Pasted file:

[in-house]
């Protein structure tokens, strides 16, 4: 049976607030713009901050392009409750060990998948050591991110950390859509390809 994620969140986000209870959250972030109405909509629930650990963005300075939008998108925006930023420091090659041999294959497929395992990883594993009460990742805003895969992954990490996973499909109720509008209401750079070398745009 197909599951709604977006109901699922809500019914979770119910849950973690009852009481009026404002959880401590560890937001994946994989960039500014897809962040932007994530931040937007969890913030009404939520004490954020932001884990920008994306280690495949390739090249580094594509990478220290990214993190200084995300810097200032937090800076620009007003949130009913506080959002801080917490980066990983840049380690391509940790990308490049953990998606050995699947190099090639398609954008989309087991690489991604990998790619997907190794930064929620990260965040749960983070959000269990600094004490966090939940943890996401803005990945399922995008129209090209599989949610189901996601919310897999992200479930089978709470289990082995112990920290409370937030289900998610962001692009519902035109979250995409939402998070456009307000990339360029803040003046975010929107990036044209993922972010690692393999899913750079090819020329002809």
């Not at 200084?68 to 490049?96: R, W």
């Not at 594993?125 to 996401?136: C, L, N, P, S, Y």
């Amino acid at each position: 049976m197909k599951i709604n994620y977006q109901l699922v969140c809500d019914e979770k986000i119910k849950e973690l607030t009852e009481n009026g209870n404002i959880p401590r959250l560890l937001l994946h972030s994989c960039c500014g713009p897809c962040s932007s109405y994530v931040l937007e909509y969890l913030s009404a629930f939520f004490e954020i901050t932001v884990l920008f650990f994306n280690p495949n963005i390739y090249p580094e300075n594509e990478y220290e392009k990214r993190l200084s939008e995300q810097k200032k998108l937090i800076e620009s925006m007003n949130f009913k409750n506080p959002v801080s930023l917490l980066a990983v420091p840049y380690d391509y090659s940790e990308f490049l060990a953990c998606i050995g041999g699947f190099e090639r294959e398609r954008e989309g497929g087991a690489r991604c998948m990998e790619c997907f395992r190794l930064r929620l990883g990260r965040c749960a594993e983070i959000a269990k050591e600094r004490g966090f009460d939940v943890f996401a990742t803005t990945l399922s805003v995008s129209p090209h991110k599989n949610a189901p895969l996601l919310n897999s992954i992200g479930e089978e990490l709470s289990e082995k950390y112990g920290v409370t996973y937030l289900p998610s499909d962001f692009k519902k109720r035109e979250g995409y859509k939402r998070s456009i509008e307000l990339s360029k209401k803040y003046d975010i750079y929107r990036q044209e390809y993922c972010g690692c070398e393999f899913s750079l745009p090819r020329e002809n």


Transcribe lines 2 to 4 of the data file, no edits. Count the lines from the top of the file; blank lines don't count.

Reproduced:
């Protein structure tokens, strides 16, 4: 049976607030713009901050392009409750060990998948050591991110950390859509390809 994620969140986000209870959250972030109405909509629930650990963005300075939008998108925006930023420091090659041999294959497929395992990883594993009460990742805003895969992954990490996973499909109720509008209401750079070398745009 197909599951709604977006109901699922809500019914979770119910849950973690009852009481009026404002959880401590560890937001994946994989960039500014897809962040932007994530931040937007969890913030009404939520004490954020932001884990920008994306280690495949390739090249580094594509990478220290990214993190200084995300810097200032937090800076620009007003949130009913506080959002801080917490980066990983840049380690391509940790990308490049953990998606050995699947190099090639398609954008989309087991690489991604990998790619997907190794930064929620990260965040749960983070959000269990600094004490966090939940943890996401803005990945399922995008129209090209599989949610189901996601919310897999992200479930089978709470289990082995112990920290409370937030289900998610962001692009519902035109979250995409939402998070456009307000990339360029803040003046975010929107990036044209993922972010690692393999899913750079090819020329002809």
């Not at 200084?68 to 490049?96: R, W």
């Not at 594993?125 to 996401?136: C, L, N, P, S, Y």